In [ ]:
import matplotlib.pyplot as plt
fig, figarr = plt.subplots(1, 10, figsize=(15, 15))
for i in range(10):
    figarr[i].imshow(xcount[:, i].reshape((28, 28)).asnumpy(), cmap='hot')
    figarr[i].axes.get_xaxis().set_visible(False)
    figarr[i].axes.get_yaxis().set_visible(False)

plt.show()
print(py)

Now we can compute the likelihoods of an image, given the model. This is statistican speak for \(p(x|y)\), i.e. how likely it is to see a particular image under certain conditions (such as the label). Since this is computationally awkward (we might have to multiply many small numbers if many pixels have a small probability of occurring), we are better off computing its logarithm instead. That is, instead of \(p(x|y) = \prod_{i} p(x_i|y)\) we compute \(\log p(x|y) = \sum_i \log p(x_i|y)\).

\[l_y := \sum_i \log p(x_i|y) = \sum_i x_i \log p(x_i = 1|y) + (1-x_i) \log \left(1-p(x_i=1|y)\right)\]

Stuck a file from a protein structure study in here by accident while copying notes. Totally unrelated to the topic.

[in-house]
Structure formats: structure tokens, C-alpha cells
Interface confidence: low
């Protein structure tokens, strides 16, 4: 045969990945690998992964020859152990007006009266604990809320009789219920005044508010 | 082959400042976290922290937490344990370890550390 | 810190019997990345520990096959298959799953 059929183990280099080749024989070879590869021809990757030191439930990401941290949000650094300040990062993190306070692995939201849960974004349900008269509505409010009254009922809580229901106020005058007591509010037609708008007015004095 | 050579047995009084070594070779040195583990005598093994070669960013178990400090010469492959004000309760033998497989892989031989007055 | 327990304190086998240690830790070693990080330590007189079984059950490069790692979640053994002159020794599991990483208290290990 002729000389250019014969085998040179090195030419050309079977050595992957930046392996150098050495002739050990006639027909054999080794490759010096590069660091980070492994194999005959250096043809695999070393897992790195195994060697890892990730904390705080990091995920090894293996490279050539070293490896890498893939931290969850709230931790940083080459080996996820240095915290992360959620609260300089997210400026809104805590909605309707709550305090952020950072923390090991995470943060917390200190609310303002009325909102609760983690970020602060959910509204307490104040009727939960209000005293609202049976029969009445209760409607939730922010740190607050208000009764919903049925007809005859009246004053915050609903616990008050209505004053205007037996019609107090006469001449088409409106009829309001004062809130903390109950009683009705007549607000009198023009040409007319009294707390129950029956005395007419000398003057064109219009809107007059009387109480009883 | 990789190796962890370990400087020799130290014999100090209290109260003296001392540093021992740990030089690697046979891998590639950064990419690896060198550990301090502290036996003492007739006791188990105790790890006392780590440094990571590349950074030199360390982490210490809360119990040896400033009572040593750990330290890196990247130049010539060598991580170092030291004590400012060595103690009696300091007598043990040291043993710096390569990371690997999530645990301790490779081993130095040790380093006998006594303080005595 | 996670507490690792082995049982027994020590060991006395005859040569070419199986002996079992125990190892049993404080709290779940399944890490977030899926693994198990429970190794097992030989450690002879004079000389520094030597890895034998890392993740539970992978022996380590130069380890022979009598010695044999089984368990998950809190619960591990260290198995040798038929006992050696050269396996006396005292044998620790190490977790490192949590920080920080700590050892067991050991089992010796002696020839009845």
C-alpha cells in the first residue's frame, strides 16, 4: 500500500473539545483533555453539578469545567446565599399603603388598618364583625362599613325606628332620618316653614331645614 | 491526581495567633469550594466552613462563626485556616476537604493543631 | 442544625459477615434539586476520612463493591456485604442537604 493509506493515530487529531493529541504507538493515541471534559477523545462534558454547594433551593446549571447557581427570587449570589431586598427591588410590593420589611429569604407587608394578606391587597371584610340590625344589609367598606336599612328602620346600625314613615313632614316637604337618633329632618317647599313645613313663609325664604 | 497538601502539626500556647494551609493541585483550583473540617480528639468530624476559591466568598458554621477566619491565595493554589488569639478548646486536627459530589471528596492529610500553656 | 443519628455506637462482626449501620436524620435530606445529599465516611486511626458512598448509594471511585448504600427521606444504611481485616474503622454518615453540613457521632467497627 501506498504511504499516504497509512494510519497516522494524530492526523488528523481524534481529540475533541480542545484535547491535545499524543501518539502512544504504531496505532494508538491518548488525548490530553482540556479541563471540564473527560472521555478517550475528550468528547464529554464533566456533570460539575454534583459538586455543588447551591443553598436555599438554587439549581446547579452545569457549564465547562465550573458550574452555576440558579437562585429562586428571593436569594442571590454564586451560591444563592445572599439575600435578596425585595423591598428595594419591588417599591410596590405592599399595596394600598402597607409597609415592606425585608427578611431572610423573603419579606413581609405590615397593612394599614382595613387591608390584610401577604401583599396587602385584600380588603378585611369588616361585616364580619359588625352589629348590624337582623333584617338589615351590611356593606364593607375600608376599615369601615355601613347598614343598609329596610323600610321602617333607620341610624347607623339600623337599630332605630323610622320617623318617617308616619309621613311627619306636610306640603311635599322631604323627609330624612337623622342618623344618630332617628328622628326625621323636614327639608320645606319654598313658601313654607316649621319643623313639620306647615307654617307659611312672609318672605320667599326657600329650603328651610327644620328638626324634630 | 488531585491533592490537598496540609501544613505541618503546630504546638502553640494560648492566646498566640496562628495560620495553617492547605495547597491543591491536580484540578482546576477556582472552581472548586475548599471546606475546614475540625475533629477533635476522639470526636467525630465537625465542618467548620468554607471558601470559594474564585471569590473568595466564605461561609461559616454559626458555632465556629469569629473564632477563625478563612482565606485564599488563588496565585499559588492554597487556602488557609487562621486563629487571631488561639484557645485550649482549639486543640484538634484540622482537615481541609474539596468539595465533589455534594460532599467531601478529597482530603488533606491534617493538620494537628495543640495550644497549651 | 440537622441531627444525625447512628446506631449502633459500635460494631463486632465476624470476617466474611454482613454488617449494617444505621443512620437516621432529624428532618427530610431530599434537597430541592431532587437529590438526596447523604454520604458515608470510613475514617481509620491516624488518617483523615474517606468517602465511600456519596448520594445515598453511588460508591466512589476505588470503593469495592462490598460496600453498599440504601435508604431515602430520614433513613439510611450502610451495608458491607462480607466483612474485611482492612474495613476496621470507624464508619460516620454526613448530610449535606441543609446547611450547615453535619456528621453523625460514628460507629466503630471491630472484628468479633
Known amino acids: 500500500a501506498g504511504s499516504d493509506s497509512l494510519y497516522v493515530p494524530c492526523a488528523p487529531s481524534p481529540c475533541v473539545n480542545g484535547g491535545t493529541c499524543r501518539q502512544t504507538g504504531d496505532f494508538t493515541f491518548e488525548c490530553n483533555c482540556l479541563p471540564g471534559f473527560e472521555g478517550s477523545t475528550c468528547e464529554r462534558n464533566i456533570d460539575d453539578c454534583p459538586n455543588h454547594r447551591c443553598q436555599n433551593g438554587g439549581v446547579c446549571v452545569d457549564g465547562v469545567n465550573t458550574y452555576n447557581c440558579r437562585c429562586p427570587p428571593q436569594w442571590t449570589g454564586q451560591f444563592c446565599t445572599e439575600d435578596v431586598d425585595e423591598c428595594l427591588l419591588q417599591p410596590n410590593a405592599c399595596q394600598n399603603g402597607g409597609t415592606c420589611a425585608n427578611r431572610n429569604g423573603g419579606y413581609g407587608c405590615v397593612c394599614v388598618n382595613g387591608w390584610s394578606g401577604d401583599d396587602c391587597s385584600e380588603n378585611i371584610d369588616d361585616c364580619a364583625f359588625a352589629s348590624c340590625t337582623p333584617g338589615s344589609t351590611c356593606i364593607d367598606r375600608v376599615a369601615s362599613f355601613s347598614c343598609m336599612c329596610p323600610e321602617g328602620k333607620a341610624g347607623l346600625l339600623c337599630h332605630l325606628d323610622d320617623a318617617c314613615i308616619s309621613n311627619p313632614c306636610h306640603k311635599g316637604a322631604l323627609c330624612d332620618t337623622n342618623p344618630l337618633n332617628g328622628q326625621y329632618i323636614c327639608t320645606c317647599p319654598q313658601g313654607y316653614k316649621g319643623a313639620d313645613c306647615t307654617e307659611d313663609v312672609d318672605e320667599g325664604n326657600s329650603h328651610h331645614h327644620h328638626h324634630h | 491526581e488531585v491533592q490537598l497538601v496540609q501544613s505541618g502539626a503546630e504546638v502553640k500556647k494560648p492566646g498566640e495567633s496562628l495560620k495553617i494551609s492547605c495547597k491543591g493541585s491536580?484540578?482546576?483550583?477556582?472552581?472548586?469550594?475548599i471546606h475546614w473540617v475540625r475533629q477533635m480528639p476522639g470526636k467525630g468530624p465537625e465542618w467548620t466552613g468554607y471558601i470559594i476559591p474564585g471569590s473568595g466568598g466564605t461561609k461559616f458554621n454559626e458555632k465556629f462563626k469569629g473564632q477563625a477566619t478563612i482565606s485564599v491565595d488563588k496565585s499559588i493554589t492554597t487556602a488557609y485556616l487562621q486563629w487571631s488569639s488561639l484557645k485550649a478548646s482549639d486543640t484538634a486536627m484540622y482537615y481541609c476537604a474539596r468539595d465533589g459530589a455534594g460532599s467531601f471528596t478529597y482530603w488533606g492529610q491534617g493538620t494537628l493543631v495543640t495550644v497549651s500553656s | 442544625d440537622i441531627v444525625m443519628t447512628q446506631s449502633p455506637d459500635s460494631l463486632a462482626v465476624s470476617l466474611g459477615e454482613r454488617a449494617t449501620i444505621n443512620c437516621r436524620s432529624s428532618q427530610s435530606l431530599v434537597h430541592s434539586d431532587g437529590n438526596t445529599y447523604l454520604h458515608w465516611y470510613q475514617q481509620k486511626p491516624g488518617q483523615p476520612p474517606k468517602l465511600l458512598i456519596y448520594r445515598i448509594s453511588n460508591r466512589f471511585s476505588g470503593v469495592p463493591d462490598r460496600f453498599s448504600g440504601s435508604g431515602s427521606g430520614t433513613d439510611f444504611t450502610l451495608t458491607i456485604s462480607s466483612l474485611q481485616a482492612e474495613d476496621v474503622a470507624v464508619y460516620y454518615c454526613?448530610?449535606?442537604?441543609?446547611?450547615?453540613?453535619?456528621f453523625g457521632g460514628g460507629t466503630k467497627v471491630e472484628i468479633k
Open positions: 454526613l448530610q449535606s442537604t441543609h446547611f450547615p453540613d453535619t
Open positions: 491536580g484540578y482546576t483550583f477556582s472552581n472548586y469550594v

To avoid recomputing logarithms all the time, we precompute them for all pixels.

In [ ]:
logxcount = nd.log(xcount)
logxcountneg = nd.log(1-xcount)
logpy = nd.log(py)

fig, figarr = plt.subplots(2, 10, figsize=(15, 3))

# show 10 images
for ctr in range(10):
    batch = test_data.next()
    x = batch.data[0].reshape((784,))
    y = int((batch.label[0]).asscalar())
#
    # we need to incorporate the prior probability p(y) since p(y|x) is
    # proportional to p(x|y) p(y)
    logpx = logpy.copy()
    for i in range(10):
        # compute the log probability for a digit
        logpx[i] = nd.dot(logxcount[:, i], x) + nd.dot(logxcountneg[:, i], 1-x)
    # normalize to prevent overflow or underflow by subtracting the largest
    # value
    logpx -= nd.max(logpx)
    # and compute the softmax using logpx
    px = nd.exp(logpx).asnumpy()
    px /= np.sum(px)

    # bar chart and image of digit
    figarr[1, ctr].bar(range(10), px)
    figarr[1, ctr].axes.get_yaxis().set_visible(False)
    figarr[0, ctr].imshow(x.reshape((28, 28)).asnumpy(), cmap='hot')
    figarr[0, ctr].axes.get_xaxis().set_visible(False)